The Worst Cities & Counties For Drug Problems In Ohio
- Measuring Drug Problems In Ohio
- Worst Cities & Counties For Drug Problems In Ohio
- Ohio Counties With Highest Overdose Death Rates
- Factors That Influence Drug Problems In Ohio
Drug abuse is a significant problem in Ohio. It affects some cities and counties more than others. In particular, smaller, more rural communities tend to have higher addiction and overdose rates compared to big cities.
In 2015, Ohio had the highest number of opioid overdose deaths in the nation. This led public health experts to dub the state “ground zero” for the opioid epidemic.
Since then, Ohio residents have continued to struggle with opioids, alcohol, and other drugs. Some of the state’s cities and counties have worse drug problems than others.
Measuring Drug Problems In Ohio
To measure a city or county’s drug problem, researchers typically look to drug overdose death rates. Some people assume these rates are highest in Ohio’s largest cities and counties. Indeed, larger areas tend to have the highest numbers of overdose deaths because they have the biggest populations.
However, they don’t have the highest overdose death rates. These rates account for the number of overdose deaths adjusted for population, or how many people live in the area.
For example, in 2019, the three counties with the highest numbers of overdose deaths were Franklin County (which includes Columbus), Cuyahoga County (which includes Cleveland), and Hamilton County (which includes Cincinnati).
However, in terms of overdose death rates, these counties ranked 21st, 28th, and 17th, respectively.
According to the Ohio Department of Health, smaller counties and cities tend to have far worse drug problems.
The Worst Cities & Counties For Drug Problems In Ohio
Between 2015 and 2020, Scioto County had the state’s highest rate of overdose death at 83.4 deaths per 100,000 residents. In 2020, it had the highest overdose death rate ever recorded in Ohio (130.1 deaths per 100,000 residents).
Scioto County & Portsmouth
Scioto’s county seat, Portsmouth, is sometimes called the “pill mill of America.” A pill mill is a facility where doctors illegally prescribe prescription drugs, especially opioid painkillers, to people who do not need them.
At one point, Portsmouth had the nation’s highest number of pill mills per capita. While these facilities have since been shut down, they left numerous residents with opioid addictions.
Montgomery County & Dayton
After Scioto, Montgomery County had the state’s second highest overdose death rate at 65.1 deaths per 100,000 residents. A large amount of these deaths occured in Dayton, the county seat. In 2016, Dayton had the highest number of opioid overdose deaths across all U.S. cities.
Counties With The Highest Overdose Death Rates
Other Ohio counties with the highest overdose death rates between 2015 and 2020 include:
- Gallia (62.6 deaths per 100,000 residents), which includes cities like Gallipolis, Rio Grande, and Vinton
- Trumbull (61.4 deaths per 100,000 residents), which includes cities like Warren, Hubbard, and Niles
- Clark (58.9 deaths per 100,000 residents), which includes cities like Springfield, Catawba, and New Carlisle
- Butler (58.1 deaths per 100,000 residents), which includes cities like Hamilton, Middletown, and Oxford
- Brown (54.9 deaths per 100,000 residents), which includes cities like Georgetown, Fayetteville, and Ripley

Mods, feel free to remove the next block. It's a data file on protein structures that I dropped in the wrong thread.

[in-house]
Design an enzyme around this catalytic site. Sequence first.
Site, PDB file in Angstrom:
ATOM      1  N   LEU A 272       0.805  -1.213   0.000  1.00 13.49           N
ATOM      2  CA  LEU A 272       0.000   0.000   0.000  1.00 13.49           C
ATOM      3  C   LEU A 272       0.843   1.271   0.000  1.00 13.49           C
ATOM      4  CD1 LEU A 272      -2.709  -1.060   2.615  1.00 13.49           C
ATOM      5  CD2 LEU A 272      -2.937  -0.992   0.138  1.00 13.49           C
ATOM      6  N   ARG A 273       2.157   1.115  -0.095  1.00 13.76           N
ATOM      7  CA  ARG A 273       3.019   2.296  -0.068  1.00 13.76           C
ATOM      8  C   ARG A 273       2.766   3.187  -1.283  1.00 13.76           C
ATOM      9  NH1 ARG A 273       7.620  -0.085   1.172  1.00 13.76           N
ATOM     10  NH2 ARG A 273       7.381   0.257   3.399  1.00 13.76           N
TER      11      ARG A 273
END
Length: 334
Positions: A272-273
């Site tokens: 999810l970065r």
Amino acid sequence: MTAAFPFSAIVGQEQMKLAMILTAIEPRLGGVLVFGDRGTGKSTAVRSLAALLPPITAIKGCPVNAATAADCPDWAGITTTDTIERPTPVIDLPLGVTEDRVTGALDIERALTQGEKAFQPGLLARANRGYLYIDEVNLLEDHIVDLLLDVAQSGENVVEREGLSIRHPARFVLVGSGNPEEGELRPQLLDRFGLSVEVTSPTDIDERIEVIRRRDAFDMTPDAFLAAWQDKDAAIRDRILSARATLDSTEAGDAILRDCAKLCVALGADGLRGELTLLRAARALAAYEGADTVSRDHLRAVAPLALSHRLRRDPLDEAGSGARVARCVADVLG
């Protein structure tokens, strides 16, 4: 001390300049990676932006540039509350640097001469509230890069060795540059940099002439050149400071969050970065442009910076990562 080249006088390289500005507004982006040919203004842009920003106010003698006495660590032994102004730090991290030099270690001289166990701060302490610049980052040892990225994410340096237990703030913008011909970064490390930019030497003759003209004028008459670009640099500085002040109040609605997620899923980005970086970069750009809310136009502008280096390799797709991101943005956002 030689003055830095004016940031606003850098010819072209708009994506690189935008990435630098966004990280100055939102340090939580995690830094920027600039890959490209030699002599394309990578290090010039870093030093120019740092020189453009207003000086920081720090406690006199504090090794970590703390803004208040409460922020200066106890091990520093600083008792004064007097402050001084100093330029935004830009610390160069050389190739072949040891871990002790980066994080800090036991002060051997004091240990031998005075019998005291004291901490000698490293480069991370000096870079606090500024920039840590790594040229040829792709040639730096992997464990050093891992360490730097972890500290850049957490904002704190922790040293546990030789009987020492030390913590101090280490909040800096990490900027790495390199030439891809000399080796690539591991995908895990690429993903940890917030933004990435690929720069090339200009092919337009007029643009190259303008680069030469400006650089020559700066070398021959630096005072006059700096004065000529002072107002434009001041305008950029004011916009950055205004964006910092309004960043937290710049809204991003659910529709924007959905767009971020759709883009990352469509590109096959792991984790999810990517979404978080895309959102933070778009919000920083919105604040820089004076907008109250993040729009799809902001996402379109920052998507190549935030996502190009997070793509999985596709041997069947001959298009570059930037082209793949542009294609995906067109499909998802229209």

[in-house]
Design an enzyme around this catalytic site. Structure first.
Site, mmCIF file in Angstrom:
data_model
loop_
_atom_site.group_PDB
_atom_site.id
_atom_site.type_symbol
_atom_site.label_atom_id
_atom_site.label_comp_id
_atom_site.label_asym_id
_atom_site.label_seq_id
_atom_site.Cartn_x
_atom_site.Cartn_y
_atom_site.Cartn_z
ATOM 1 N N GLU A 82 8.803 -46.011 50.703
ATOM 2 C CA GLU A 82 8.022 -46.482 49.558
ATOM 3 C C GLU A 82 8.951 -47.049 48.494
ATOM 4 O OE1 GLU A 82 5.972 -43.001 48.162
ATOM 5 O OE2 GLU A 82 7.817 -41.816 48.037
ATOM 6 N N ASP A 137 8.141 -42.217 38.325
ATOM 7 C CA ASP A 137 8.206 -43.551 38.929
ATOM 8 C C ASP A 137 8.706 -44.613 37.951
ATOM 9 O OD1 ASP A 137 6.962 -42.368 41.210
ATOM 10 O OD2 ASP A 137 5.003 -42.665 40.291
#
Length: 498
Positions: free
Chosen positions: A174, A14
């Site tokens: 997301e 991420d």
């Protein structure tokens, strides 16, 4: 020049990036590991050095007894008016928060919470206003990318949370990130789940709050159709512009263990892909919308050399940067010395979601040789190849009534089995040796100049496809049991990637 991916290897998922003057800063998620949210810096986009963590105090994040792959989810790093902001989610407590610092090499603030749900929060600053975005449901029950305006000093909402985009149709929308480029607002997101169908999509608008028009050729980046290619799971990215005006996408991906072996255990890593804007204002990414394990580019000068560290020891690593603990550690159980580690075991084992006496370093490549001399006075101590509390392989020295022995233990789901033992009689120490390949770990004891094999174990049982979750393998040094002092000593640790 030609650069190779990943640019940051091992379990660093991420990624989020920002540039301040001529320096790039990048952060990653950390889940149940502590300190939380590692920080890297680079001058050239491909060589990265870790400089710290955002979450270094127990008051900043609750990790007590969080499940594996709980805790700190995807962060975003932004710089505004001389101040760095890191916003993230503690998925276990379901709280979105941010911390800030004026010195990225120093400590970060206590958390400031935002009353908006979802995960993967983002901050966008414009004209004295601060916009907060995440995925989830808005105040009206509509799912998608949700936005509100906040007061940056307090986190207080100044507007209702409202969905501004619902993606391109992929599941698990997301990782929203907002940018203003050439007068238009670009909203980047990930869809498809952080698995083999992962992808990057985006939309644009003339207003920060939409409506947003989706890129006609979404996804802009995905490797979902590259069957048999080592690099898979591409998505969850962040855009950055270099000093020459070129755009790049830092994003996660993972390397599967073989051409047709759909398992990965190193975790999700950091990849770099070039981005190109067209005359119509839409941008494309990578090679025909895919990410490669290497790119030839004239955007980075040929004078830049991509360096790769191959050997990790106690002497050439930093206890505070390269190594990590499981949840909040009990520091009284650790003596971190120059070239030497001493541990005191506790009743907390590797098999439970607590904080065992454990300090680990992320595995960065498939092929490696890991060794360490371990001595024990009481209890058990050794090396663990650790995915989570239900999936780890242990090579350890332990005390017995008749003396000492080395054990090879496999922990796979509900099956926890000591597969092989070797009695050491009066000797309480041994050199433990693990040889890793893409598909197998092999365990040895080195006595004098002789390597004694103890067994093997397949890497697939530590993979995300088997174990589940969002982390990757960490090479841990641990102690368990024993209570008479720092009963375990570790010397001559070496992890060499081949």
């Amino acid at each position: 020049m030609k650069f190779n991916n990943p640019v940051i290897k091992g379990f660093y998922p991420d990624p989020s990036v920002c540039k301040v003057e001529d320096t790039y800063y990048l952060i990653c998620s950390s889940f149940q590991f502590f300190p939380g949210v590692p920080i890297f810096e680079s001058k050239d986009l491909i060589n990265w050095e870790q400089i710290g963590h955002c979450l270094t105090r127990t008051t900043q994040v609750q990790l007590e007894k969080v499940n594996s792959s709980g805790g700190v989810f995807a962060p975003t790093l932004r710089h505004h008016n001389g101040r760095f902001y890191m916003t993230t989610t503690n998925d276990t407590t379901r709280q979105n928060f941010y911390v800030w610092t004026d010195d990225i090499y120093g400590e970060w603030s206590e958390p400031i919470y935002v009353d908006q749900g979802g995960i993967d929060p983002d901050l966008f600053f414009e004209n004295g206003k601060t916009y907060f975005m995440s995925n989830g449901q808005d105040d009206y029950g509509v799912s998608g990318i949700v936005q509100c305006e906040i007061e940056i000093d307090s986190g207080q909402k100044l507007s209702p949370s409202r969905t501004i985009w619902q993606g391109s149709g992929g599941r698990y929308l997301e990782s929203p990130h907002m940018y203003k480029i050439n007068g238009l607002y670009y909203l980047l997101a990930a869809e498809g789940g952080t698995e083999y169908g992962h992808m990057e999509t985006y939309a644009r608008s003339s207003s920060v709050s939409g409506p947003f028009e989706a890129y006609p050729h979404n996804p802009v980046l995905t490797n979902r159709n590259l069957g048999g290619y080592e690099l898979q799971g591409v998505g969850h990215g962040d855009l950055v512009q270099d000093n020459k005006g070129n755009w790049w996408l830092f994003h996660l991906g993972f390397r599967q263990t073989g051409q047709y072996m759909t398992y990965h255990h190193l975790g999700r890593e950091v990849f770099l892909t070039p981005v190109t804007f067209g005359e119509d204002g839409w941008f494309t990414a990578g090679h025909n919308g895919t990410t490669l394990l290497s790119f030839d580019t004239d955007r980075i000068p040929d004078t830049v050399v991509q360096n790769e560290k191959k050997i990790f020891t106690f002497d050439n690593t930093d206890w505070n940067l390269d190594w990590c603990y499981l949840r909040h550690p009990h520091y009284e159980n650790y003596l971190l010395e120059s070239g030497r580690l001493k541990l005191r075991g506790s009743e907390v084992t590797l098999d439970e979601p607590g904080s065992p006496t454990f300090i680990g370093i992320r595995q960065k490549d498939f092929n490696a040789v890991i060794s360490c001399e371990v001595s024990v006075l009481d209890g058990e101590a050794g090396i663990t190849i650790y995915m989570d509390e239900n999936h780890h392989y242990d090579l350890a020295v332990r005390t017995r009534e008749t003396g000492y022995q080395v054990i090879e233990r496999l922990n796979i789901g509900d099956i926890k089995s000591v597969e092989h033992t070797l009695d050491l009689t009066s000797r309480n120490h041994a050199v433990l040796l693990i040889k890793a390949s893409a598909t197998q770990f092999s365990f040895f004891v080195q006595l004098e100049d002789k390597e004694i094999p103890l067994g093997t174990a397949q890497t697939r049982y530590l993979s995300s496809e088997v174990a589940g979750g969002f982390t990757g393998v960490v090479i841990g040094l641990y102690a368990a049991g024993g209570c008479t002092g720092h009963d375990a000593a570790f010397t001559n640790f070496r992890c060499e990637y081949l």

- Pike (54.7 deaths per 100,000 residents), which includes cities like Piketown, Waverly, and Beaver
- Fayette (53.4 deaths per 100,000 residents), which includes cities like Washington Court House, Jeffersonville, and Bloomingburg
- Lawrence (52.4 deaths per 100,000 residents), which includes cities like Ironton, Proctorville, and South Point
Factors That Influence Drug Problems In Ohio
Many of the above communities are small and rural. Often, rural communities develop drug use problems because they lack the resources found in big cities. For instance, many rural towns can’t afford to build substance abuse treatment centers.
They also tend to lack harm reduction programs.
Lack Of Harm Reduction Programs
Harm reduction programs offer services that aim to reduce drug-related deaths among people with drug addiction.
For example, they often distribute free naloxone. Naloxone (brand name Narcan) is a medication that can rapidly reverse the effects of an opioid overdose. Access to Narcan is extremely important because most overdose deaths in Ohio involve opioids (also called opiates), especially fentanyl.
The Rise Of Fentanyl
Fentanyl is a synthetic (human-made) opioid that’s up to 50 times stronger than heroin, according to the Centers for Disease Control and Prevention (CDC). It has contributed to numerous fatalities since the start of the Ohio opioid crisis.
Because fentanyl is relatively cheap to make, many drug traffickers secretly add it to other drugs to enhance their effects. That means any Ohioan who uses street drugs may accidentally overdose on fentanyl.
Some Ohio communities have access to harm reduction services but fail to provide them.
For example, Butler County Sheriff Richard K. Jones refuses to let law enforcement officers carry Narcan. As a result, Butler County consistently has one of the highest overdose death rates in the state.
If you or someone you love struggles with drug abuse, please reach out to Ohio Recovery Center. Our compassionate healthcare providers offer medical detox, mental health counseling, and other evidence-based treatments to help you stay drug-free.
Ohio Recovery Center Editorial Team
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